In a cloud environment, where multiple users have access to creating and managing cloud resources, human error is inevitable. In fact, Gartner estimates that 99% of cloud security breaches will be a result of internal user error.
It’s not enough to just write up your security and governance policies in some documentation and hope people follow it; you need to build guardrails and automated procedures that ensure standards are maintained. This is the core purpose of Azure Policy.
What is Azure Policy?
Azure Policy is a free Azure service that allows you to create policies, assign them to resources, and receive alerts or take action in cases of non-compliance with these policies.
Azure Policy allows you to ensure that all resources are configured with required services, and will tell you when systems are out of compliance. So if you want all of your resources to be configured with Azure Backups, for example, it will either alert you when a VM doesn’t have Azure Backups configured or can automatically configure Azure Backups on that VM.
Azure Policy is used by 100% of Azure’s top 300 enterprise users and is a critical part of any mature Azure deployment. As part of a broad Azure governance practice, Azure Policy ensures that people beyond your central IT team (i.e. developers and LOB teams) can still have access to cloud resources, and can launch resources on demand, without sacrificing security and compliance.
The basic building blocks of Azure Policy are:
- Policy definition: Describes resource compliance and what effect to take when resource in non-compliant. (JSON)
- Example: Restrict the list of locations where users can deploy resources.
- Initiative: A collection of policy definitions that all contribute towards one overarching goal.
- Example: All policies that relate to billing can be grouped in one initiative.
- Policy or initiative assignment: Describes where the policy is applied. Can be a resource group or subscription.
- Example: The policy to limit the list of locations where users can deploy resources is applied only to the finance team’s resource group, and not to the Dev team’s resource group.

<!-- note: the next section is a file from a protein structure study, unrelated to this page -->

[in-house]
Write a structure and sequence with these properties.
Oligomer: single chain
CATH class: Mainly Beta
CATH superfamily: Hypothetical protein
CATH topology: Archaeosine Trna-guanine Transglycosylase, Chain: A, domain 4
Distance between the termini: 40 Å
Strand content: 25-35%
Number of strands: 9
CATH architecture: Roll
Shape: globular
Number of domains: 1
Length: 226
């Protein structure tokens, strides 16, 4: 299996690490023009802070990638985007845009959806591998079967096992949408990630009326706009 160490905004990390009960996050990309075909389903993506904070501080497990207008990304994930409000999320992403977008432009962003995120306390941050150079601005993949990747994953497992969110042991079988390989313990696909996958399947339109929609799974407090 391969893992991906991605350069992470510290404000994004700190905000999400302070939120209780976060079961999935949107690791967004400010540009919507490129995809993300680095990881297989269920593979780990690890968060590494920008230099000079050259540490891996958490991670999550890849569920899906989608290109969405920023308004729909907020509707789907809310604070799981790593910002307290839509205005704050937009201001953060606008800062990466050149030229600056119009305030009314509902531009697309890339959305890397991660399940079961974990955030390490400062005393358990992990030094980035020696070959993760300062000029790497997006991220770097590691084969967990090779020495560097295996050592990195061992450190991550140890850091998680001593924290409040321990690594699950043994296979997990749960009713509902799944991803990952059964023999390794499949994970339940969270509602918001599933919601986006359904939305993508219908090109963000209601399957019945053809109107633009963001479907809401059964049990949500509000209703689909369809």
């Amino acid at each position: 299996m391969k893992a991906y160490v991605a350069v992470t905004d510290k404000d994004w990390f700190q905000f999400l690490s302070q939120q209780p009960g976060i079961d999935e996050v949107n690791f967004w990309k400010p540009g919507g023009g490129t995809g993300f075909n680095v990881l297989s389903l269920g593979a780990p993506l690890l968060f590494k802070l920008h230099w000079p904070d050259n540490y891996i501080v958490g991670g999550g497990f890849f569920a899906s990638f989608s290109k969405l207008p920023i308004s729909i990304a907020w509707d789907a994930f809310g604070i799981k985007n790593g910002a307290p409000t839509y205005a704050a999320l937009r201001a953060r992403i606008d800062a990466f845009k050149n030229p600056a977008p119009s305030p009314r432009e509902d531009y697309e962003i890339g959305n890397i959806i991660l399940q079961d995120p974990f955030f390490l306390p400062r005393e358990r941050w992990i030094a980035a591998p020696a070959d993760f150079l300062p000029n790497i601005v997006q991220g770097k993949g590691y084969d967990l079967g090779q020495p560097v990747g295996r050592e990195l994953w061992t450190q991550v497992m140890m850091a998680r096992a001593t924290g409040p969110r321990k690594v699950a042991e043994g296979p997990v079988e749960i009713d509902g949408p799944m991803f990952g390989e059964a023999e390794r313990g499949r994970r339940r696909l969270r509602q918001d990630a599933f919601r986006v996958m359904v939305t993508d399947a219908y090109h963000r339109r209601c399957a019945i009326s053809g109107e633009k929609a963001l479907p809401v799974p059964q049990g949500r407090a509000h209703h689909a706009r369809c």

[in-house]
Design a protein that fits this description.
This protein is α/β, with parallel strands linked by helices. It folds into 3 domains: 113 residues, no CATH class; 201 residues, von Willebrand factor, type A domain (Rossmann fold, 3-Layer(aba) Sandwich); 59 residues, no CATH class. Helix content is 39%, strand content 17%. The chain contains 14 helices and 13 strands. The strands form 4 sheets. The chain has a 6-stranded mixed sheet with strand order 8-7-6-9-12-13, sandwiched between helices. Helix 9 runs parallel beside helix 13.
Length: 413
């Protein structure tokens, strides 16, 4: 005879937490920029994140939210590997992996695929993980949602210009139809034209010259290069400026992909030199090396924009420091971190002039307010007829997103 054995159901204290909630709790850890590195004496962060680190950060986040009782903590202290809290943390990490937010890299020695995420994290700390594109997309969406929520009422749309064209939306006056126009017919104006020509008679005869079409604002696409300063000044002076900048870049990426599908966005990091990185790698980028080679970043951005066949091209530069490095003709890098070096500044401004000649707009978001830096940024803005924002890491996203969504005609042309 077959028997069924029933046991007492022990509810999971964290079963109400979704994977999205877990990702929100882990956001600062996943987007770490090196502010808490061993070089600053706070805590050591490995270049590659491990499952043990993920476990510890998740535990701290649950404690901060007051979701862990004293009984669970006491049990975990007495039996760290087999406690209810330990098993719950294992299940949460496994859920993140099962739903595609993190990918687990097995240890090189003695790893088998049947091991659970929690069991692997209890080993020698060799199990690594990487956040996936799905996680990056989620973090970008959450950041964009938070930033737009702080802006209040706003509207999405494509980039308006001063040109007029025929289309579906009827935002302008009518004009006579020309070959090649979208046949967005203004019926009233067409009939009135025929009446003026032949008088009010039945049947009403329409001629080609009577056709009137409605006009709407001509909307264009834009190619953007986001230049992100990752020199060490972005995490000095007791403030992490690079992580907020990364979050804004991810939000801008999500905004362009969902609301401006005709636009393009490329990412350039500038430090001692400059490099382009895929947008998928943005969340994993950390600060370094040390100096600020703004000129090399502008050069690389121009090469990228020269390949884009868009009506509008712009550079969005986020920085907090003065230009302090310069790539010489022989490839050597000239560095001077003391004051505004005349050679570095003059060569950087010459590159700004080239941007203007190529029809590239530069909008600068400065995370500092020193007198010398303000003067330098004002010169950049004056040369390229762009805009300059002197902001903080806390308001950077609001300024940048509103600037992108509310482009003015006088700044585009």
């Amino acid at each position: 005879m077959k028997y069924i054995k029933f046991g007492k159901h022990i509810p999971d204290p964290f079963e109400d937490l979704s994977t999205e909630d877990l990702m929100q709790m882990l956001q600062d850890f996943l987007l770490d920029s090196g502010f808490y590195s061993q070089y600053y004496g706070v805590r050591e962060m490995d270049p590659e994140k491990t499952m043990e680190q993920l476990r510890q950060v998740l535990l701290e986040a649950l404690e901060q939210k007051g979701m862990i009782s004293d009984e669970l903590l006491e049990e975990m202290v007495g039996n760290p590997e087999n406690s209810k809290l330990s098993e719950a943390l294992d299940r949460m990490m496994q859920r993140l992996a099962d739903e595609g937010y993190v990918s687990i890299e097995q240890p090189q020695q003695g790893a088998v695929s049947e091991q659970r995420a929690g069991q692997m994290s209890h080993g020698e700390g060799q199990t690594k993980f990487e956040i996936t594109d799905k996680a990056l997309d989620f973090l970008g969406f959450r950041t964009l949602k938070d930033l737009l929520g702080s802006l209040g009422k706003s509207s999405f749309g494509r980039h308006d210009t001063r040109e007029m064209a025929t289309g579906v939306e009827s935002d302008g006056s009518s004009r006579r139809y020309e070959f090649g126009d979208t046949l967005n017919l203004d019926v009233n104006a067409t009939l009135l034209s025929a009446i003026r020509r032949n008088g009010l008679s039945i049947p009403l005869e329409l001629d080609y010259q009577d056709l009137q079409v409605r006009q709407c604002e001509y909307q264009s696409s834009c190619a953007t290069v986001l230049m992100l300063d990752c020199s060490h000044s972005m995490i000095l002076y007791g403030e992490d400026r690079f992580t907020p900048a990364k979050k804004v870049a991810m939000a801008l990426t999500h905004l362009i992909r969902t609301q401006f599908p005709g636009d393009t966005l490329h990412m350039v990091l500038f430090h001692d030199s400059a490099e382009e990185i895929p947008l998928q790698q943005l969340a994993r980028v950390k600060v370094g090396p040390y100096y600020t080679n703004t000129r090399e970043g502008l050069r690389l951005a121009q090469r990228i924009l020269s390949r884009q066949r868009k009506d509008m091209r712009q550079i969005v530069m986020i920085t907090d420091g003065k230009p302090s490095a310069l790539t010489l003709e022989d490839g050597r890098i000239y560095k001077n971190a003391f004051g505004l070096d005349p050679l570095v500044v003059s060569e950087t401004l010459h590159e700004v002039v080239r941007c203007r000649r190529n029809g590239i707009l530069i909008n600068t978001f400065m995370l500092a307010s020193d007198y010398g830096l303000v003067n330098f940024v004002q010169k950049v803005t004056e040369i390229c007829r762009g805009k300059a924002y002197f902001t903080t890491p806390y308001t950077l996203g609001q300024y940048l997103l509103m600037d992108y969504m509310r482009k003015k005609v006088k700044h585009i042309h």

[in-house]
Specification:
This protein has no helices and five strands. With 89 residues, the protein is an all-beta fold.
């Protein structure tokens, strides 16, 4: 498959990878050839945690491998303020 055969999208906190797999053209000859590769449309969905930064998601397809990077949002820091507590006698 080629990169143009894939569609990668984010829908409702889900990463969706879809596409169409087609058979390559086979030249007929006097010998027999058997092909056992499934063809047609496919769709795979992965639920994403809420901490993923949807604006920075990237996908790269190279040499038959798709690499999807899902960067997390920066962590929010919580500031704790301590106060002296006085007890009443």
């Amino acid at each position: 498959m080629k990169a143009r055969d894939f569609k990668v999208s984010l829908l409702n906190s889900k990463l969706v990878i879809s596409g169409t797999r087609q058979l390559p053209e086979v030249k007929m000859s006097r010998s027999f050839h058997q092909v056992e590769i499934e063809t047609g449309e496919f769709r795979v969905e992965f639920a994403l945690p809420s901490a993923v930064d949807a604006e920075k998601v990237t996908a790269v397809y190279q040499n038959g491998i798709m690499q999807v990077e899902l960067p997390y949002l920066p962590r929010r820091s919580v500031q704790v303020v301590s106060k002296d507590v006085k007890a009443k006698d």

Example Azure Policy structure. Source: Logicworks
How to Apply a Policy in Azure Portal
To get started with Azure Policy, explore these tutorials and labs:
- Tutorial: Create and manage policies to enforce compliance
- Tutorial: Manage tag governance with Azure Policy
- Documentation: Remediate non-compliant resources with Azure Policy
- A Cloud Guru: Security and Governance in Azure (subscription required)
- Linux Academy: Hands-on Lab on Azure Policy (subscription required)
Examples of Azure Policy
- Apply tag and its default value
- Approved VM images
- Allowed SKUs for Storage Accounts and Virtual Machines
- Ensure storage file encryption
- Ensure https traffic only for storage account
How is this different from RBAC?
Role-based Access Control is about limiting which users can do what. Azure Policy is about limiting what actions can and cannot be taken. It doesn’t really care about what kind of user you are; if the Policy says you can’t open a certain port to the world, then you can’t.
Getting Started: Recommendations for Azure Policy
Honestly, you could write an entire book on Azure Policy and how best to use it to maintain your Azure infrastructure. It’s really at the heart of many foundational best practices about Azure.
But for the purposes of this post, we’ll just highlight a few of the critical areas you need to consider as you begin to explore Azure Policy, and direct you to some excellent resources and documentation as you keep learning.
Rely on a cloud security framework as a starting point, before you try to set any rules in Azure Policy. Many organizations begin cloud governance discussions simply by translating their on-premises governance policies to the cloud. As we explain here, you’re setting yourself up for failure. There are risks that were once critical in your datacenter, that are now less important in public cloud. More importantly, new risks arise in public cloud that you never had to think about in your datacenter. As we move beyond the simplistic understanding of “public cloud is secure / not secure”, we need a more nuanced understanding of how to best identify the real risks that deserve your attention.
Whether you build your own cloud corporate governance model, rely on a compliance framework like PCI or SOC, or use a well-regarded security framework like IANS or CIS, make sure you’ve established organization-wide policies first before you even start working on Azure Policy.
As you start using Azure Policy, handle non-compliant resources with alerting (audit effect) rather than action. This will allow you to make sure your policy definitions are correct before you let automation (potentially) wreak havoc off false positives.
Remember: the initial learning curve is high. Writing governance-as-JSON takes some getting used to, especially if you don’t have a ton of experience in similar work. There aren’t many examples and troubleshooting threads on Stack Overflow or other reference sites. Don’t just jump in thinking you’ve got this — read the documentation, take your time.
Azure Policy is an extremely powerful tool for Azure administrators. As you dig in, we encourage you to start small and mature your environment as you get more familiar with Azure.
If you have questions about Azure Policy or want help building or optimizing your Azure environment, reach out to the team at Logicworks. We’re Microsoft Gold Certified Partners and Azure Expert MSPs with 25 years of experience in IT consulting. Contact us.